Second in the series 
Notes on Recovery
The goal of recovery is to become powerful.
Powerful, not controlling.
No, they’re not the same thing.
Control means being able to dictate reality. To force life itself — people, places and things — to meet our expectations.
But power means being able to take care of yourself.  To get your needs met without losing yourself in the process.  To not just survive, but to heal, grow and be happy.
They’re not just different, control and power.  Sometimes they’re opposites.
~ Power is a real possibility, where control is often an illusion.
~ Power is healthy, where controlling tends to be  pathological.
~ Power is rooted in self-acceptance and confidence, where controlling grows out of insecurity and fear.
~ Power makes you stronger, where controlling weakens you, can even make you sick.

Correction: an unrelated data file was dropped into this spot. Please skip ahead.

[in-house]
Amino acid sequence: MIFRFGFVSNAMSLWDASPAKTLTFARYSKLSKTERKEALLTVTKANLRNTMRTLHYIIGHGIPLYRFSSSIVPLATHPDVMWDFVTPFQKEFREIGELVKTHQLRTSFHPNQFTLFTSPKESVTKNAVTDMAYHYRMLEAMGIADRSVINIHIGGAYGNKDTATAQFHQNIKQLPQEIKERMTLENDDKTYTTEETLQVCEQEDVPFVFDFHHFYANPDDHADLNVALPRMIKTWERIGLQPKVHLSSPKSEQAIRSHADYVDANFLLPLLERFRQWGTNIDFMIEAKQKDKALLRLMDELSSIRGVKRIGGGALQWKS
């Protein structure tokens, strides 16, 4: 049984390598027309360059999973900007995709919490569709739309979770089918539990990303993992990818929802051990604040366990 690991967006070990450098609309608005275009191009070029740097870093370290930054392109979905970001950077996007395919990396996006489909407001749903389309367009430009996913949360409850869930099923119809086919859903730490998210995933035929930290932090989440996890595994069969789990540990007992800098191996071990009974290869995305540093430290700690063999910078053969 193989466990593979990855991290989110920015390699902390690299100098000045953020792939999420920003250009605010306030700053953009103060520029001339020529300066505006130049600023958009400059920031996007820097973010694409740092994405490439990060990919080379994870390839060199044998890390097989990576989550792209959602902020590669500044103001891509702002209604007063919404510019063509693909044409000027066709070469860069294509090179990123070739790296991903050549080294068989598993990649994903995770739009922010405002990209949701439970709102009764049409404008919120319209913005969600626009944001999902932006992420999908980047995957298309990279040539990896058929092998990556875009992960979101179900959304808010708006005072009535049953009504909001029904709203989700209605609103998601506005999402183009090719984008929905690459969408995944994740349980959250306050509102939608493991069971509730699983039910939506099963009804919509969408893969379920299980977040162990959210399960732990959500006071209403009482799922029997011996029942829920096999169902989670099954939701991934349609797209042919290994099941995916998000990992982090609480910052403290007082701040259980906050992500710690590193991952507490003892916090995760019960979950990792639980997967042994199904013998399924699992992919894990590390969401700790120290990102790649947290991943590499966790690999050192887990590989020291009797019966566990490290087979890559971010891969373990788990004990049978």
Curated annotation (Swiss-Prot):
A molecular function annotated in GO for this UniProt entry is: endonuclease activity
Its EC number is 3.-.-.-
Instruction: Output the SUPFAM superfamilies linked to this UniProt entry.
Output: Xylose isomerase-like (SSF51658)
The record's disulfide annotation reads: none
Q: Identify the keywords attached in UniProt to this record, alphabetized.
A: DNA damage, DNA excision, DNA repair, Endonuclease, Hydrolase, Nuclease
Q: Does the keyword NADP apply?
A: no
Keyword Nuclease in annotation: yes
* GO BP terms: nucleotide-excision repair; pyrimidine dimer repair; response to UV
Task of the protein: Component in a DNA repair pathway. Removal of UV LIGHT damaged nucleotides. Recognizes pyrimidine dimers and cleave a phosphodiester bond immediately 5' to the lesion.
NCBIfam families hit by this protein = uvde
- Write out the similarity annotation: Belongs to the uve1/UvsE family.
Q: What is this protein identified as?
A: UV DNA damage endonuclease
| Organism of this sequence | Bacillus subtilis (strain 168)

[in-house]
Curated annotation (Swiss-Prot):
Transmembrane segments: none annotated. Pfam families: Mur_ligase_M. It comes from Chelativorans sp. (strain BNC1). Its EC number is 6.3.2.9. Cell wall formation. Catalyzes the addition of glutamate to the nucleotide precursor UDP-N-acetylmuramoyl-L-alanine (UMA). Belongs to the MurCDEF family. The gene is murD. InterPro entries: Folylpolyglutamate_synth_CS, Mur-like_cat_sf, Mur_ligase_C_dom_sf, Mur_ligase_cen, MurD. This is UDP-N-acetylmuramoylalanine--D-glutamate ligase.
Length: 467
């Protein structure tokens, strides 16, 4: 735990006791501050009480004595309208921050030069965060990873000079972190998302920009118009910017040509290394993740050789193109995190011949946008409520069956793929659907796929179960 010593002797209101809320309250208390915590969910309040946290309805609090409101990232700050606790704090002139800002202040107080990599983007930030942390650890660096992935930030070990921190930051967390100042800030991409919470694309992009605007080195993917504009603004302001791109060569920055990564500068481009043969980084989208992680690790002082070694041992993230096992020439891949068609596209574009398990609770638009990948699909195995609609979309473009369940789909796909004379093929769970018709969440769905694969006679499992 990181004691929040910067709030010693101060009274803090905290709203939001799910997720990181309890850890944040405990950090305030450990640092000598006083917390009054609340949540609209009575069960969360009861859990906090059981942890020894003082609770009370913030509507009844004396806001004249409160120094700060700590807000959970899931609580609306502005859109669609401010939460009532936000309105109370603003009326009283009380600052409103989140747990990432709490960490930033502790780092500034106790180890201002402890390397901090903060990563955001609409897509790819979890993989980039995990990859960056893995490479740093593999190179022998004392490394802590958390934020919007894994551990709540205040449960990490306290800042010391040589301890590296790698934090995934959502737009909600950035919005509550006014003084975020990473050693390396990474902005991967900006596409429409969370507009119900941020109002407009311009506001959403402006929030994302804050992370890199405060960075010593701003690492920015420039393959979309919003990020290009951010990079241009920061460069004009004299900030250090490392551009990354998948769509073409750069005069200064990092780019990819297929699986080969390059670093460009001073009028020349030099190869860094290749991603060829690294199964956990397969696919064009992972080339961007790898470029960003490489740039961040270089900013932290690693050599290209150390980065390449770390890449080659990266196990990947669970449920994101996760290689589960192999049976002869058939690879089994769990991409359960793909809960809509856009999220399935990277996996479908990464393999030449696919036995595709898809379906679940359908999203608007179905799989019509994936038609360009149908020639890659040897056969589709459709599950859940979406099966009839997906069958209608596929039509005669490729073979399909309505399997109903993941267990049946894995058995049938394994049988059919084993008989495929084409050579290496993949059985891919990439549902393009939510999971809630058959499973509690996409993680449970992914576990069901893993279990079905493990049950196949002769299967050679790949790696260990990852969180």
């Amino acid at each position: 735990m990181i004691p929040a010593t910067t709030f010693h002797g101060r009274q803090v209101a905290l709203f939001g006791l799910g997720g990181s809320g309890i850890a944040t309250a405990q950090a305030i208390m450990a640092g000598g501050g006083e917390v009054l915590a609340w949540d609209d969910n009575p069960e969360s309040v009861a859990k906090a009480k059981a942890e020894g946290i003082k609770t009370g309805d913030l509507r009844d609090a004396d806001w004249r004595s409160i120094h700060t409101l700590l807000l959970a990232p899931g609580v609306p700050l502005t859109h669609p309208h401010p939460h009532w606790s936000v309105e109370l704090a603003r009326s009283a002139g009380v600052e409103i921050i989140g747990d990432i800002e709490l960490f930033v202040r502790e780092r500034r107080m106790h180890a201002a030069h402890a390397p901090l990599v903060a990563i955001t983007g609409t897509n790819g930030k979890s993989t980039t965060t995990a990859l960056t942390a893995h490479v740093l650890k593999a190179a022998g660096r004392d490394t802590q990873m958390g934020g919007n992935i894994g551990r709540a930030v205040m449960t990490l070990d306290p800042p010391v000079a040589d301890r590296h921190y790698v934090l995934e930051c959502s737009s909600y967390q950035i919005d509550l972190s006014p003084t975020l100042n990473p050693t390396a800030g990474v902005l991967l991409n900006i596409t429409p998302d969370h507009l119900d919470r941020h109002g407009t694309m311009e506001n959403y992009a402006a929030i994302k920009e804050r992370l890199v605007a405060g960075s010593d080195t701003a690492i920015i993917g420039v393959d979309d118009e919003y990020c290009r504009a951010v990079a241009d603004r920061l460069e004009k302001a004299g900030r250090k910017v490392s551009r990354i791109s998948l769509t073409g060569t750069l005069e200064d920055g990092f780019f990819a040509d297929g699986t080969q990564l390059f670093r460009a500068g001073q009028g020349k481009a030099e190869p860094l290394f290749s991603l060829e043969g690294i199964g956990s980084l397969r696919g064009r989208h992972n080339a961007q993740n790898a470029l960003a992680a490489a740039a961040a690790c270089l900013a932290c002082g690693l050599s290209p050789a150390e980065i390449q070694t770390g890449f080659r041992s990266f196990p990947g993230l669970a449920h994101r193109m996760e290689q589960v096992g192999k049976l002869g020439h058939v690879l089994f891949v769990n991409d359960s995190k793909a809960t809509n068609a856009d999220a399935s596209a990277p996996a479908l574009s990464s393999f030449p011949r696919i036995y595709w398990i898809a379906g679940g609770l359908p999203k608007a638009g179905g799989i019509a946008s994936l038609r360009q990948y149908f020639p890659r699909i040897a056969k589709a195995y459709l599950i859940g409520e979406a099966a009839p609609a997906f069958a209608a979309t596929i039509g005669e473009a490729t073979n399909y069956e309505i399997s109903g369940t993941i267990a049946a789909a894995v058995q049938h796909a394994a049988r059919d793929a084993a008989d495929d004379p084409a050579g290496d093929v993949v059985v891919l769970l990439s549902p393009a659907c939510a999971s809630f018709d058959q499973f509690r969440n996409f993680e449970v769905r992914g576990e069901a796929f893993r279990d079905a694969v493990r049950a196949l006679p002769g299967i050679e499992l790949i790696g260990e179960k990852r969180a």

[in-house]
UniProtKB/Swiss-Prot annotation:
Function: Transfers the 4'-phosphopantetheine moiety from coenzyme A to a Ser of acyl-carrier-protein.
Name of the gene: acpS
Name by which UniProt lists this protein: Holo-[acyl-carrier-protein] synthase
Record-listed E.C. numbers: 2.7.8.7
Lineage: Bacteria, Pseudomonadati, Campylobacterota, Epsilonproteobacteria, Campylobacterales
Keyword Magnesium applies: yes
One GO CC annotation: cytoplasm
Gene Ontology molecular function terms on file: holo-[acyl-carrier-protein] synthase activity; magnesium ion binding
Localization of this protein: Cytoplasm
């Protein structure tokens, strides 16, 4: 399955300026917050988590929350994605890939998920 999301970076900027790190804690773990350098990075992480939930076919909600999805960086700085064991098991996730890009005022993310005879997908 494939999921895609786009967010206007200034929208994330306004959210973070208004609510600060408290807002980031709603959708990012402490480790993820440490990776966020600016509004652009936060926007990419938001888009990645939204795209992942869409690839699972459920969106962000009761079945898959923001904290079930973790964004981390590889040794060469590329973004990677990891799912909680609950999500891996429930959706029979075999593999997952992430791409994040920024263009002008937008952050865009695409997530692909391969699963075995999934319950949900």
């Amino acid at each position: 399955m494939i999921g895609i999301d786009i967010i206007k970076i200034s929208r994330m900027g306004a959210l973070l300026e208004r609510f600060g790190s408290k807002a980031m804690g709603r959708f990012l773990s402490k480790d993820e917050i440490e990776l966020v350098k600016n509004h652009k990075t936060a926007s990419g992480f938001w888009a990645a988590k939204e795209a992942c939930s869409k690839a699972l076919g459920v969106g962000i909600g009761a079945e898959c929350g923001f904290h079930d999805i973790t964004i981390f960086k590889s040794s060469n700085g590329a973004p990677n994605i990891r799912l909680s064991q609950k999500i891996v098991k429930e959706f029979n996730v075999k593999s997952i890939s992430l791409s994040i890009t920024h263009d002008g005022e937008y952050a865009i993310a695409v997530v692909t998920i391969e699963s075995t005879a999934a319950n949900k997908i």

~ Power attracts people to one another, where  controlling tends to drive them apart.
But the most important difference between them is,
 ~ Power is something only an adult can develop, where controlling is the basic survival skill of a child.
Think about it.  If I’m a kid, I can’t take care of myself.  I need big people for that – to feed me, clothe me, protect me, love me.  Without big people I die.
And because I know this at the deepest level, I learn early on to stay on their good side.  To please and appease them, avoid their anger, meet their expectations.  To be what big people want me to be, instead of who I am.
This is inevitable.  It’s also how control addicts are born.
Because control addicts keep feeling and functioning like kids instead of developing personal power.  They keep pleasing and appeasing and manipulating the way children do.  They never come out of hiding, never learn to be themselves out loud.
Externally they look like adults.  Inside they still feel like kids who need support, approval or permission from big people.
Recovery is about reversing this.
Recovery is about growing up inside.
Plan B

2 responses to “Power

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